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U.S. Economic Recovery Debate, Still on the Fence?

Politics / Economic Recovery Apr 21, 2012 - 12:09 PM GMT

By: Andy_Sutton

Politics

Best Financial Markets Analysis ArticleLost among never-ending talk in the mainstream media about the ‘modest recovery’ being experienced in America have been some rather poignant headlines that are telling a completely different story. I’ve used up many weeks to outline the flaws regarding how our economic growth is measured and suggest more responsible alternatives. I don’t expect Washington to change, however. Those suggestions are for ‘We the People’ as we navigate our own individual situations and seek to do the things necessary in order that we are better prepared to deal with the undeniable consequences of gross mismanagement by our government.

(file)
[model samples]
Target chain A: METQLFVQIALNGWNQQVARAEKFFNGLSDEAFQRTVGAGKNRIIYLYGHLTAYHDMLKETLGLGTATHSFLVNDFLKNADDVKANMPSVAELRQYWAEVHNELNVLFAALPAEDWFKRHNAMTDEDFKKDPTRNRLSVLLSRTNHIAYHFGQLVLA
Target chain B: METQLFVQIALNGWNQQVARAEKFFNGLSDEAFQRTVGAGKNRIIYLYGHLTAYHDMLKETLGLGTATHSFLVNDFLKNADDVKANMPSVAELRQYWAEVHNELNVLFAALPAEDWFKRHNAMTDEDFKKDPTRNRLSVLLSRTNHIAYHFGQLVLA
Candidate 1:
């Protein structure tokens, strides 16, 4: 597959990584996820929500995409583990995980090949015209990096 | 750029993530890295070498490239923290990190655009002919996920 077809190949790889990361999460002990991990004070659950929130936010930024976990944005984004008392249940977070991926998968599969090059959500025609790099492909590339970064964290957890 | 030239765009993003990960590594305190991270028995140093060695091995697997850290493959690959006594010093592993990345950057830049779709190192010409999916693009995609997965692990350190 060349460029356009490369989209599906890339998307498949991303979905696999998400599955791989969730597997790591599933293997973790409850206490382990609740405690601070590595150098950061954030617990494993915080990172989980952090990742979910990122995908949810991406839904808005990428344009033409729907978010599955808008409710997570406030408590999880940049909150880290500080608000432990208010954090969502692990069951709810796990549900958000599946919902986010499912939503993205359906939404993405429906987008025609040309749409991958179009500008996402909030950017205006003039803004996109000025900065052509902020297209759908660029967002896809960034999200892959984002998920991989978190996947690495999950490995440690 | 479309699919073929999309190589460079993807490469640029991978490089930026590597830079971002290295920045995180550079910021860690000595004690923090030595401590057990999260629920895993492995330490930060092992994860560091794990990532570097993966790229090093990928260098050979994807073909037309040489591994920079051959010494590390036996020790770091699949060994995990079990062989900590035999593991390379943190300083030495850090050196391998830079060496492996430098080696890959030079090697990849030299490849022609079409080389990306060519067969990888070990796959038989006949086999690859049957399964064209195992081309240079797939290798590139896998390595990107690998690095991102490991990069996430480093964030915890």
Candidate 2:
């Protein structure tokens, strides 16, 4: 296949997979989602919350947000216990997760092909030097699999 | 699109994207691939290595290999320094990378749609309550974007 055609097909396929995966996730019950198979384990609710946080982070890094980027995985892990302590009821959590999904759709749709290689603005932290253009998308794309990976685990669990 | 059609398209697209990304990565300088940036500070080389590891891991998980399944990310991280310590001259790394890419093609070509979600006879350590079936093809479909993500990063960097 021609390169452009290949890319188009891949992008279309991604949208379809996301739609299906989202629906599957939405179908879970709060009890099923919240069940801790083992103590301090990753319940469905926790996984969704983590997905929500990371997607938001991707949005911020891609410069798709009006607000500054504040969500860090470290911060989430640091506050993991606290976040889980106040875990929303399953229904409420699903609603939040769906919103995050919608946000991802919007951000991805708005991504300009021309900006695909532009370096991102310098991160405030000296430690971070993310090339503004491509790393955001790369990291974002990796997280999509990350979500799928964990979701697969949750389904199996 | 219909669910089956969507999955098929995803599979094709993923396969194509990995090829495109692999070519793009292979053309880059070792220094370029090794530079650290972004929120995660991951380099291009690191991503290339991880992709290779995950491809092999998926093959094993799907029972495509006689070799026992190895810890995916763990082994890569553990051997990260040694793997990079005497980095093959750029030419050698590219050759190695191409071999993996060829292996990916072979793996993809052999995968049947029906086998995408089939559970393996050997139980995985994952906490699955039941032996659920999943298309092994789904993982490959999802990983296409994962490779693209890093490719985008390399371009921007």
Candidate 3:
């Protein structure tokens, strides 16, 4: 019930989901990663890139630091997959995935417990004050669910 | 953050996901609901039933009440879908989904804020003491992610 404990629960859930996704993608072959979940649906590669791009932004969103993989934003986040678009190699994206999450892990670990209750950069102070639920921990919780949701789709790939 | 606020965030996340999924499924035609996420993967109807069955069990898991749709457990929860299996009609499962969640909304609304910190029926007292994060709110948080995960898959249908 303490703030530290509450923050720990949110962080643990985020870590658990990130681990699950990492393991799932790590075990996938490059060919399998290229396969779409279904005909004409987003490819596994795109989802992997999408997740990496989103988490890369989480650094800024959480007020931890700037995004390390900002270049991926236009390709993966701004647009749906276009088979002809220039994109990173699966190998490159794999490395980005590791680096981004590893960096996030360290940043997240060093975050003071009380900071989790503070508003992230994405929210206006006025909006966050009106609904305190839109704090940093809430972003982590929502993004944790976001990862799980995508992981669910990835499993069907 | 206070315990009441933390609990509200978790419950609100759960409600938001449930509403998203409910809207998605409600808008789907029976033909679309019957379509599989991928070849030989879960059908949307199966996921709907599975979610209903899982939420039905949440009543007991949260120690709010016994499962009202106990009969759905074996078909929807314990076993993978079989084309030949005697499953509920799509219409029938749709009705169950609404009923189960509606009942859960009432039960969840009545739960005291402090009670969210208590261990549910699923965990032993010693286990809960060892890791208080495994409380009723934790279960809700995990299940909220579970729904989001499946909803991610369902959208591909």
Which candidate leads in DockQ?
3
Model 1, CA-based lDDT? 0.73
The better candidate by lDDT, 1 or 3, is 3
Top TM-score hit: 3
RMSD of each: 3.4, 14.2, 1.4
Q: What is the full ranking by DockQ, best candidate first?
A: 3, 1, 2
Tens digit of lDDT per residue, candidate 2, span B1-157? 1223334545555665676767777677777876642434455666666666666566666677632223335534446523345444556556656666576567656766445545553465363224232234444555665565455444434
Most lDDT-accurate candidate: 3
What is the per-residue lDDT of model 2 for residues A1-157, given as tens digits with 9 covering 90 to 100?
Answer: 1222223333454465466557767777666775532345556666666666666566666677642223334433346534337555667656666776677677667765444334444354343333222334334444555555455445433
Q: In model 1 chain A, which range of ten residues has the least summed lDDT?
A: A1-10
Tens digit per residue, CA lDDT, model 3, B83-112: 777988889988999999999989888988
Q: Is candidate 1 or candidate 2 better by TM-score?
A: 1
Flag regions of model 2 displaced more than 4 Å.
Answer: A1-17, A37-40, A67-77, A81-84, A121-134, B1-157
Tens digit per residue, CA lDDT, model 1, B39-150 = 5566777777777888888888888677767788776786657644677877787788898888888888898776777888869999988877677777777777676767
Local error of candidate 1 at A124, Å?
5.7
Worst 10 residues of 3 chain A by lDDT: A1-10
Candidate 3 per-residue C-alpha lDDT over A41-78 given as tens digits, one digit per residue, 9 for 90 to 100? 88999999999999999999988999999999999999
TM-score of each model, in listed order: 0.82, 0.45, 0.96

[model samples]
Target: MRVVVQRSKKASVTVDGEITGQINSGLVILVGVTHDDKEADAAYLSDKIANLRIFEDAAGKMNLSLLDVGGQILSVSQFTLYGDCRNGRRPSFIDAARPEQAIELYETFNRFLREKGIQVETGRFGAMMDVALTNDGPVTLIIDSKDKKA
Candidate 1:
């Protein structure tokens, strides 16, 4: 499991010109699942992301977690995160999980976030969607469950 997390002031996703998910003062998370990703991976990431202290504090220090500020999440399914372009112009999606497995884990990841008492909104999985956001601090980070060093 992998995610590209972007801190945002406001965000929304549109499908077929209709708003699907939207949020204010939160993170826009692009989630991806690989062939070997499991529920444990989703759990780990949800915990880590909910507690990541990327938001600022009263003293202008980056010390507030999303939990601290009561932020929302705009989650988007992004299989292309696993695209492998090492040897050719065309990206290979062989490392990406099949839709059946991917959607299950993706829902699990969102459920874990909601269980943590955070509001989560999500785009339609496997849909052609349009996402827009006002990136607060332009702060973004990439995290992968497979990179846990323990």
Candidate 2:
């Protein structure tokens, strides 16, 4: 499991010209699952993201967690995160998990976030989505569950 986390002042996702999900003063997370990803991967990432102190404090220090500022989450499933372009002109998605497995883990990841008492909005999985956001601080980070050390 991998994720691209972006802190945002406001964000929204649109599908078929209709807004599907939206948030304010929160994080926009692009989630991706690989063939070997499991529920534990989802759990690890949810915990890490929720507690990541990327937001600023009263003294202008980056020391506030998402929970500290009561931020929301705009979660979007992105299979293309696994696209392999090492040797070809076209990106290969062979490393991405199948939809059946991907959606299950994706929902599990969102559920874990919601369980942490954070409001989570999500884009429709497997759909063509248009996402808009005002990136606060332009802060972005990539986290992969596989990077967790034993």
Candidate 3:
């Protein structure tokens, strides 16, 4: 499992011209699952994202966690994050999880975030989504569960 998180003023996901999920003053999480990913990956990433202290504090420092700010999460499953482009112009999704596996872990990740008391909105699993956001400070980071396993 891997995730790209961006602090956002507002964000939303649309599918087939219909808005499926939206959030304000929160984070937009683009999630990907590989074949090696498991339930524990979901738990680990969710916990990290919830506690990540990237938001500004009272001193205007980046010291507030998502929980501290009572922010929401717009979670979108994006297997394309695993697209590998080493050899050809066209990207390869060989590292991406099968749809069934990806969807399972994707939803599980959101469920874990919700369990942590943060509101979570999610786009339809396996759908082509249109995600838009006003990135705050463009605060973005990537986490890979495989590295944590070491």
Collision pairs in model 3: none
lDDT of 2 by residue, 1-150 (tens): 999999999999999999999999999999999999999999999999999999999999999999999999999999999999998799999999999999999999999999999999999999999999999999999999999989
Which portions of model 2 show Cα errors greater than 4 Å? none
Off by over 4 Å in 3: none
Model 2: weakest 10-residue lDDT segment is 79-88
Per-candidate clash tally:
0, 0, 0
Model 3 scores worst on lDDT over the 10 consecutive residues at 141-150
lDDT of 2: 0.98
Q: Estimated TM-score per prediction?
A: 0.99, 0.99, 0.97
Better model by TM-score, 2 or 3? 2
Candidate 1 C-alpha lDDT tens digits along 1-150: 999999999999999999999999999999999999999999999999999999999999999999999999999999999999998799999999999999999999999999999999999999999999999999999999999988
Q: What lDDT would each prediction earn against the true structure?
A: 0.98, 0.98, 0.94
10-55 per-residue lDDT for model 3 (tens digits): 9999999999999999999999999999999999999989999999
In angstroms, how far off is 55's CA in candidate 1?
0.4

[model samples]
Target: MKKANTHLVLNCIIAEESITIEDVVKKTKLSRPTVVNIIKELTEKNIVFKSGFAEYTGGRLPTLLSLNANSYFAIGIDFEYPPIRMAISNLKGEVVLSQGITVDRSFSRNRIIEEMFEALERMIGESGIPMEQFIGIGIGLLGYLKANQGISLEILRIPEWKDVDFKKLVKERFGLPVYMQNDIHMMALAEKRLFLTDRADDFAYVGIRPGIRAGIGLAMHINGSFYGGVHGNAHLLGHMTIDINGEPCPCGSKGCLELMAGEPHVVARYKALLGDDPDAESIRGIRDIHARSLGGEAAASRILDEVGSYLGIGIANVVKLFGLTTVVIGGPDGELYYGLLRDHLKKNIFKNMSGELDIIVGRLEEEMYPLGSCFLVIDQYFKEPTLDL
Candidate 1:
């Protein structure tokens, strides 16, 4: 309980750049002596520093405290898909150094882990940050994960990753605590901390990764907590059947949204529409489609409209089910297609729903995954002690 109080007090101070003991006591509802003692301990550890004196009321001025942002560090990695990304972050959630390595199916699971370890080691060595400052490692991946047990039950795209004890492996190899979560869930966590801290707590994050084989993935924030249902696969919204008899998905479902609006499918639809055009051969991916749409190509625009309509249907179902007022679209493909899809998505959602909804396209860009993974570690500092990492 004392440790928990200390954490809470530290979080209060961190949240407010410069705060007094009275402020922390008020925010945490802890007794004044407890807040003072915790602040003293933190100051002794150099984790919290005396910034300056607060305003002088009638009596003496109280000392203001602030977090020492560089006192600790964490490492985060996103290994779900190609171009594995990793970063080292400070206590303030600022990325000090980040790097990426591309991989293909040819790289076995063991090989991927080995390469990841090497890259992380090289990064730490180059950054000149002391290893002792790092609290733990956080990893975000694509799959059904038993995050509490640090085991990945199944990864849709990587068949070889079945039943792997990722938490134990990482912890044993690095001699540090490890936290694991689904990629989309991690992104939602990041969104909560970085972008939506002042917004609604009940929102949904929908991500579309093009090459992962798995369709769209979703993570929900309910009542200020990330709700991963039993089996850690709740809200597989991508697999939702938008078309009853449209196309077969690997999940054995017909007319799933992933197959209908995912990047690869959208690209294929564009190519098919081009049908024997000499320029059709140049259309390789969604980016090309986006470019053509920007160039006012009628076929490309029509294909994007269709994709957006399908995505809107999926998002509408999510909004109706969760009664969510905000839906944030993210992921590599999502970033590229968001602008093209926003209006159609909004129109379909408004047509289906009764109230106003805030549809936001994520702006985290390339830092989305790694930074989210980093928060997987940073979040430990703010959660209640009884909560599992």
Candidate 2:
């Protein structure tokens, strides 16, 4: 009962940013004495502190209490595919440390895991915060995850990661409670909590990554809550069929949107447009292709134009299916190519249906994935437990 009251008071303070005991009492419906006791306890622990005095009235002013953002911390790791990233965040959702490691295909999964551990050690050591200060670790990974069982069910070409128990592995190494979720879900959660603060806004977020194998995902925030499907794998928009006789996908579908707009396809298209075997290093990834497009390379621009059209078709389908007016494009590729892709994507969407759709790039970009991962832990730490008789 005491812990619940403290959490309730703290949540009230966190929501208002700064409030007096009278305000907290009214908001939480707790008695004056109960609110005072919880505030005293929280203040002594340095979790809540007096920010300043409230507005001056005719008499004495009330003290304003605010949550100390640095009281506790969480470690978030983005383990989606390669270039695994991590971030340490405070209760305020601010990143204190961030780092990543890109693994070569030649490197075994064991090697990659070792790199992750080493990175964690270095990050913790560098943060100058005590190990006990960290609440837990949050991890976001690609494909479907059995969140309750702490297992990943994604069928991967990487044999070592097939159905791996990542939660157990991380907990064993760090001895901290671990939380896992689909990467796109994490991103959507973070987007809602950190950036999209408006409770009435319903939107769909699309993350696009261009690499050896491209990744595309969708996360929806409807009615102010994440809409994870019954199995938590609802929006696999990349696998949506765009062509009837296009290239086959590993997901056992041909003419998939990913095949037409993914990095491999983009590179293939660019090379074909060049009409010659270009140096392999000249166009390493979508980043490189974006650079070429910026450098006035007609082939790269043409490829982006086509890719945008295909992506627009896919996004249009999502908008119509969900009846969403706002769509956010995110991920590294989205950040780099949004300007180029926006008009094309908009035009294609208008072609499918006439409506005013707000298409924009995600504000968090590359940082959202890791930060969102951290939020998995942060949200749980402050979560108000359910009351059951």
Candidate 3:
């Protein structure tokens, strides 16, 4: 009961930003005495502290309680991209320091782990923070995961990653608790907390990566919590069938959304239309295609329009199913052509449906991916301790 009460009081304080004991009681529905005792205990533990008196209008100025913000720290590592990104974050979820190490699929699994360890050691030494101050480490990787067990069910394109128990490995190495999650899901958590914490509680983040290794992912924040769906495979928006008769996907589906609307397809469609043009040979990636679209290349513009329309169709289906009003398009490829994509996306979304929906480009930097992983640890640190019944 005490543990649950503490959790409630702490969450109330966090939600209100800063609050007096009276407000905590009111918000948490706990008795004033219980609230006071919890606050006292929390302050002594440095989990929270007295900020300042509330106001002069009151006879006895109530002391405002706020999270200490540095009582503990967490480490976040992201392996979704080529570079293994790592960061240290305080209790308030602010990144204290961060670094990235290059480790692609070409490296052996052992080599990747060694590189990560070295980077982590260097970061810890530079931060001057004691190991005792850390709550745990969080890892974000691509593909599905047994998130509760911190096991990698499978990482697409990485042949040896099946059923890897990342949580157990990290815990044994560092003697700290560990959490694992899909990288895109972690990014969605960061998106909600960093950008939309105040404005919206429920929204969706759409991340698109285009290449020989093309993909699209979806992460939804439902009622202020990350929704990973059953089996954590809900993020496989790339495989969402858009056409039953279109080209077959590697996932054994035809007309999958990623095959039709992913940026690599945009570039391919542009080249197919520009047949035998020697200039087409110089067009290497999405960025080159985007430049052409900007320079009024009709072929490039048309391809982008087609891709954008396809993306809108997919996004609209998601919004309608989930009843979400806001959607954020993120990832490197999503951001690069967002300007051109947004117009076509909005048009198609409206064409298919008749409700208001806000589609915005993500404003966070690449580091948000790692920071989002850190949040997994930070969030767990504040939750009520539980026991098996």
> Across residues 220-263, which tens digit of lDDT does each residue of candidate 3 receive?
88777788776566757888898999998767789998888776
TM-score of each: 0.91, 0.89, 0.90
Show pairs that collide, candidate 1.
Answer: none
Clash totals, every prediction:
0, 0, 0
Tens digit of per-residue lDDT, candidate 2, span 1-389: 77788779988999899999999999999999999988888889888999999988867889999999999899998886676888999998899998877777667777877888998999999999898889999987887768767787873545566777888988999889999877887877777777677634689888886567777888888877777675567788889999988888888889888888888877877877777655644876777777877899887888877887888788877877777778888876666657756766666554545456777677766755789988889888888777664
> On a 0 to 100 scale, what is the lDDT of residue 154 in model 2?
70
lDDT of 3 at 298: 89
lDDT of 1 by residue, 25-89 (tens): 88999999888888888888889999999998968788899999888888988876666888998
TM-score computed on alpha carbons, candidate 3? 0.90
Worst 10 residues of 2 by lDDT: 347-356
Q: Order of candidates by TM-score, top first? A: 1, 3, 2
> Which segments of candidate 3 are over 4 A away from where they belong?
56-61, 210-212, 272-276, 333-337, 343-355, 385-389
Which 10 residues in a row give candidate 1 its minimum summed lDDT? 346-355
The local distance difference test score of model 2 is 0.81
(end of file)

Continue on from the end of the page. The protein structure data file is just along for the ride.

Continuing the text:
However, at the same time I have noticed that many people who are still on the fence in terms of understanding where we’re really at present a unique problem. Most people will believe anything they hear on television or read in a newspaper and accept it at face value. It becomes fact and, in many cases, they will parrot what they’ve heard or read as their own opinion. To the contrary if one endeavors to challenge the mainstream, we must be armed with facts and arguments that are concise, salient, and provable beyond any reasonable doubt.  The good news is we have common sense and facts on our side. The bad news is that common sense is in short supply these days as is a willingness to face reality.